According to the Detroit Free Press, General Motors said it will take a $100-million charge against its profits after losing control of its assembly plant in Venezuela.
GM ceased operations at its only plant in the country, after authorities took control of the company’s assets. The Detroit automaker said at the time that other assets such as vehicles were taken from the plant, causing irreparable damage to the company.
This resulted in GM’s plan to "deconsolidate" operations from its accounting books, says the Free Press, essentially wiping out the value of the plant and the company's assets. Ford also removed its Venezuelan operations from its books in 2015 and took an $800-million charge to account for the loss of value of its plant.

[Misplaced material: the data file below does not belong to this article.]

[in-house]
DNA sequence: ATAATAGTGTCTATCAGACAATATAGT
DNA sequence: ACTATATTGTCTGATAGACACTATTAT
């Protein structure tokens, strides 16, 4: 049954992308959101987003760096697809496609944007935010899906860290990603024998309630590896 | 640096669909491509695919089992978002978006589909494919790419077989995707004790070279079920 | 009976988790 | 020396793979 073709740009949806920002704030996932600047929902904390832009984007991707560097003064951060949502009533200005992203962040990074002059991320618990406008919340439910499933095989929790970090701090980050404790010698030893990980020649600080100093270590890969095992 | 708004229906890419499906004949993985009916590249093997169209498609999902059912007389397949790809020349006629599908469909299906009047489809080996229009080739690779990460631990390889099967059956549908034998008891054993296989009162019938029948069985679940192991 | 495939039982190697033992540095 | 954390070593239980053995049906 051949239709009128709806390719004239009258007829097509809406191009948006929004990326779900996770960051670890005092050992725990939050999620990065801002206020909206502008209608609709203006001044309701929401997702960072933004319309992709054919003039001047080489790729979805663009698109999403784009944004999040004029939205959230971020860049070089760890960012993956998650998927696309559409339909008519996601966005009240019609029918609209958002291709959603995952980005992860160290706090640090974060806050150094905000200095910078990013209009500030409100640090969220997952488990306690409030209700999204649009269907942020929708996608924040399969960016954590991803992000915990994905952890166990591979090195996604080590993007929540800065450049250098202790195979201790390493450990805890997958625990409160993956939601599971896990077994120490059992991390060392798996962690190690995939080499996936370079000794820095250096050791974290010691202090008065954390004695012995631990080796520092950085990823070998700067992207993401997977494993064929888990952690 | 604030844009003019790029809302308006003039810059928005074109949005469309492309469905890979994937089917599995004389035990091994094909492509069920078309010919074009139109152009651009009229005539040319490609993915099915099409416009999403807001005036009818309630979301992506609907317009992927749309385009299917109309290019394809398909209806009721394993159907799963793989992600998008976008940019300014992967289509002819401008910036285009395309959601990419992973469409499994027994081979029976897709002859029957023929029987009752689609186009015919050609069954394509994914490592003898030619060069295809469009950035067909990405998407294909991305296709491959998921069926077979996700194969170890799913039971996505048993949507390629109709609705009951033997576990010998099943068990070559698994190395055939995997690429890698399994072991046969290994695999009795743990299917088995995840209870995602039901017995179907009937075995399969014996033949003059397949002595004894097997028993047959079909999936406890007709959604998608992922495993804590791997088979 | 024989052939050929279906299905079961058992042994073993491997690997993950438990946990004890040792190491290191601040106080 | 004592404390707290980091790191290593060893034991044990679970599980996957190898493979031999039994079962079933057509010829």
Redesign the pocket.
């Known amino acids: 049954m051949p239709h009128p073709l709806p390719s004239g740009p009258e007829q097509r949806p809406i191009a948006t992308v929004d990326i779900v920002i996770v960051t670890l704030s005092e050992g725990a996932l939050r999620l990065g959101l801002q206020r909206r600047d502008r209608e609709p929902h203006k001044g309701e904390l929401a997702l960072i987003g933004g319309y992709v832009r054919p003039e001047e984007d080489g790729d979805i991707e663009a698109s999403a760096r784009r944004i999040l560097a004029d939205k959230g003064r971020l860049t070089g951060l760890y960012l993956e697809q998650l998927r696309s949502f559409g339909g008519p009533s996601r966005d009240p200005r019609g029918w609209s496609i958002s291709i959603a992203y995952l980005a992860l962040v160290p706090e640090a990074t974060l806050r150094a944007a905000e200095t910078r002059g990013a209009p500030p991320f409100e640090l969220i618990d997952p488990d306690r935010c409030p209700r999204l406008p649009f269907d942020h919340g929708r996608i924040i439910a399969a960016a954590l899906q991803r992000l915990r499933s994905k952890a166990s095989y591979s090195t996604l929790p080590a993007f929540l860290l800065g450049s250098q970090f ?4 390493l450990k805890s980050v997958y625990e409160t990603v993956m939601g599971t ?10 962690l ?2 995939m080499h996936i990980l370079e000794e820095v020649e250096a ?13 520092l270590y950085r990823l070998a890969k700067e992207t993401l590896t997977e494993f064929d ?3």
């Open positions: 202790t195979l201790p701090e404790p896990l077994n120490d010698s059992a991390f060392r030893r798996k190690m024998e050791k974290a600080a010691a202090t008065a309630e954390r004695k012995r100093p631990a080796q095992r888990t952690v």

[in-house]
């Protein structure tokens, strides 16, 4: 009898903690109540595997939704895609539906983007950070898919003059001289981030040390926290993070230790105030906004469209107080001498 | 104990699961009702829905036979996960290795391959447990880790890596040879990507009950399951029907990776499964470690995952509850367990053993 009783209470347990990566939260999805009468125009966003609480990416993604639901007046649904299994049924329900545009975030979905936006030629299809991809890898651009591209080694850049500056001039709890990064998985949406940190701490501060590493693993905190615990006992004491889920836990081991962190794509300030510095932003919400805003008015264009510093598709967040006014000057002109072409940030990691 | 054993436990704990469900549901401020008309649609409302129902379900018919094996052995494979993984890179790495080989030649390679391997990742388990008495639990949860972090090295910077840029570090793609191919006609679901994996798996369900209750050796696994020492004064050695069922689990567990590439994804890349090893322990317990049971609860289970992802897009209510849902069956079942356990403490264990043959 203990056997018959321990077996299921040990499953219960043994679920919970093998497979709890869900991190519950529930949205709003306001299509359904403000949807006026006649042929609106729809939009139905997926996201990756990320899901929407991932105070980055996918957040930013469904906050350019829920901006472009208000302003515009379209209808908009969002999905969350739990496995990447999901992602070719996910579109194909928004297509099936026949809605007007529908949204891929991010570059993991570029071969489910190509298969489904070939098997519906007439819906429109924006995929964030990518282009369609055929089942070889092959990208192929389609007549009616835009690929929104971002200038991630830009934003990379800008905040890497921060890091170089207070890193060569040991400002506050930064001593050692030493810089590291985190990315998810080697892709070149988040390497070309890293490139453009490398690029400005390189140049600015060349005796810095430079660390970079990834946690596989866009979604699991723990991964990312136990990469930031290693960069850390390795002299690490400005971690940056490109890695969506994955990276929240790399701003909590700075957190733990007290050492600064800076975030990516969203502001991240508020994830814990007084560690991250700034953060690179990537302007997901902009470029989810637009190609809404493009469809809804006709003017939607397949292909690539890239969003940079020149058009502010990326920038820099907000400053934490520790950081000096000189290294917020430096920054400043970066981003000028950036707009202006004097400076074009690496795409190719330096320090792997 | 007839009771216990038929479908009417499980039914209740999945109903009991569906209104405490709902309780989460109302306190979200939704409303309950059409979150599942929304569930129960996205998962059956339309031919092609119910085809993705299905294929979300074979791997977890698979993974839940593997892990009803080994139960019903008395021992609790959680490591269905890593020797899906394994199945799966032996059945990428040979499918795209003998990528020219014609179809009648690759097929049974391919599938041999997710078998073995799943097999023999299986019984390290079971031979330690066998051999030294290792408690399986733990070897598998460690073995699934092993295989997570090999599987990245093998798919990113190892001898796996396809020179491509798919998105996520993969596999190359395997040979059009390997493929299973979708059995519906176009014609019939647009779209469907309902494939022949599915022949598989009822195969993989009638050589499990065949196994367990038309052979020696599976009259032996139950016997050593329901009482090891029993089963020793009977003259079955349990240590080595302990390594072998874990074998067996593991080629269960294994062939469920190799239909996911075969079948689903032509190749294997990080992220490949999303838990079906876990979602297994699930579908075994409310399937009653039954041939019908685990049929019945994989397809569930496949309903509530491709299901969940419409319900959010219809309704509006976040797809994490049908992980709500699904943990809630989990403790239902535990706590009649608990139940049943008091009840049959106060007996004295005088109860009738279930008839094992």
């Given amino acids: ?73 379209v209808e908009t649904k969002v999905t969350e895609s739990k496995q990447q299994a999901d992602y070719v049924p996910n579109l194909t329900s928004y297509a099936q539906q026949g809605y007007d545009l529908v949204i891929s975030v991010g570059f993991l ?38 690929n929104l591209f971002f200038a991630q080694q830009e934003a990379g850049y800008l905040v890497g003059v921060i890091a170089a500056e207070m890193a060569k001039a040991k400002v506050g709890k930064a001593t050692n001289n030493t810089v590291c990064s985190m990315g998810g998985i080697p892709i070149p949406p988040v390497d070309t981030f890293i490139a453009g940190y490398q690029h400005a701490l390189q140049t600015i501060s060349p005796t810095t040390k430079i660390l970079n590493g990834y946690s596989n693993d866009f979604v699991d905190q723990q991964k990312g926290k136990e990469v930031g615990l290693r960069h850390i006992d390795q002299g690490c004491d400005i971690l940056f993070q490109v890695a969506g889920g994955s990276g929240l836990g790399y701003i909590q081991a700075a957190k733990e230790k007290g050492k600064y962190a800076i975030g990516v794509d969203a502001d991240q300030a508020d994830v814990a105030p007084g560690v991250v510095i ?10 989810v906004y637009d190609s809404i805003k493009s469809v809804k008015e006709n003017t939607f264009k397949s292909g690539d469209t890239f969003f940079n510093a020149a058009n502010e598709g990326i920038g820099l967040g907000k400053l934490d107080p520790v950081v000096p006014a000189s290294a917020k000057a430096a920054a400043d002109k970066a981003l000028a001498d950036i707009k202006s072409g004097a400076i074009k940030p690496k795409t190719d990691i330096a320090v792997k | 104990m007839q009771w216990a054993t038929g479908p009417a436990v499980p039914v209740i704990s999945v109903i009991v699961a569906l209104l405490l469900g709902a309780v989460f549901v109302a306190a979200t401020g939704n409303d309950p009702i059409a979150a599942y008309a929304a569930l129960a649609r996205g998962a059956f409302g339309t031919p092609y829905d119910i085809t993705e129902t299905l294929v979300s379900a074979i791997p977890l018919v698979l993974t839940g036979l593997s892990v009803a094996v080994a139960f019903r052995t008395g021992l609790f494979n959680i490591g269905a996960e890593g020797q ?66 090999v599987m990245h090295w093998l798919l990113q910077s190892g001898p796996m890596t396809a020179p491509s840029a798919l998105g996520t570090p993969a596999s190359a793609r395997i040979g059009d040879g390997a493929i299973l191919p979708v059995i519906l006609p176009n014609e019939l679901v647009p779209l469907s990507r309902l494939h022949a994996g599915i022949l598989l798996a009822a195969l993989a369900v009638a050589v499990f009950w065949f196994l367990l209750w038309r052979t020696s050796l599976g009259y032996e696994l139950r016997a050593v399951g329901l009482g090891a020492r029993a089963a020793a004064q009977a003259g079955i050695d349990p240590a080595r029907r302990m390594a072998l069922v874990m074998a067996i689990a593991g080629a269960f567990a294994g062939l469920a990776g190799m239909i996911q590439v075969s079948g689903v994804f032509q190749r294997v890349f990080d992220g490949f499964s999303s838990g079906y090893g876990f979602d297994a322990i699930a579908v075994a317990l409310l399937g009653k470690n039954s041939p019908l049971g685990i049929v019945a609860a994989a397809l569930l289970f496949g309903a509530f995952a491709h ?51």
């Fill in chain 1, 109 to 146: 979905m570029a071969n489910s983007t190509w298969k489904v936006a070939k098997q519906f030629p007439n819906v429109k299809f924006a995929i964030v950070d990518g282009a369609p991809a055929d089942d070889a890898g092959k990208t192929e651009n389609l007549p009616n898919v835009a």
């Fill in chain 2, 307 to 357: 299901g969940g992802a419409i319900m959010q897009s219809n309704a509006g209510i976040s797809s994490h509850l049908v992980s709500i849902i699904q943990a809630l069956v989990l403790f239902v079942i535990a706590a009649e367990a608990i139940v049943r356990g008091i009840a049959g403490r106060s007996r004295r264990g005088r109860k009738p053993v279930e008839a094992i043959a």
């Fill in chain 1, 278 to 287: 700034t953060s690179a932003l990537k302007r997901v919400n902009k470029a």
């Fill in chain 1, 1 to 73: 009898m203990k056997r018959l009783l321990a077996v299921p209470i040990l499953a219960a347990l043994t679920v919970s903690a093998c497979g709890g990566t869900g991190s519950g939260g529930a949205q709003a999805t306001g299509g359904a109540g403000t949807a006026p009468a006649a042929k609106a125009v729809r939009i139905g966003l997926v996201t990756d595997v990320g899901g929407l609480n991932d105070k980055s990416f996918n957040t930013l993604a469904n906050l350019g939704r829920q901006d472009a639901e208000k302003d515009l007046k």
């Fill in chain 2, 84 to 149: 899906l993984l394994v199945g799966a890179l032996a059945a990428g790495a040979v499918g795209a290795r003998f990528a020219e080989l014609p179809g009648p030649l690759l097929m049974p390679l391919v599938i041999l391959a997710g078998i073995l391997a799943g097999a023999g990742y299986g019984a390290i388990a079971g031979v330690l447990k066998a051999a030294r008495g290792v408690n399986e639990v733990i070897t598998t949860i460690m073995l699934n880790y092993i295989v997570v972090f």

Venezuela has been embroiled in gradually escalating unrest, as massive inflation, food shortages and violence have resulted in clashes between protesters and authorities.
MarketWatch quotes a statement from GM where the company claims that it is open to discussing with Venezuela’s government the possibility of restarting production “with a new, viable business model.”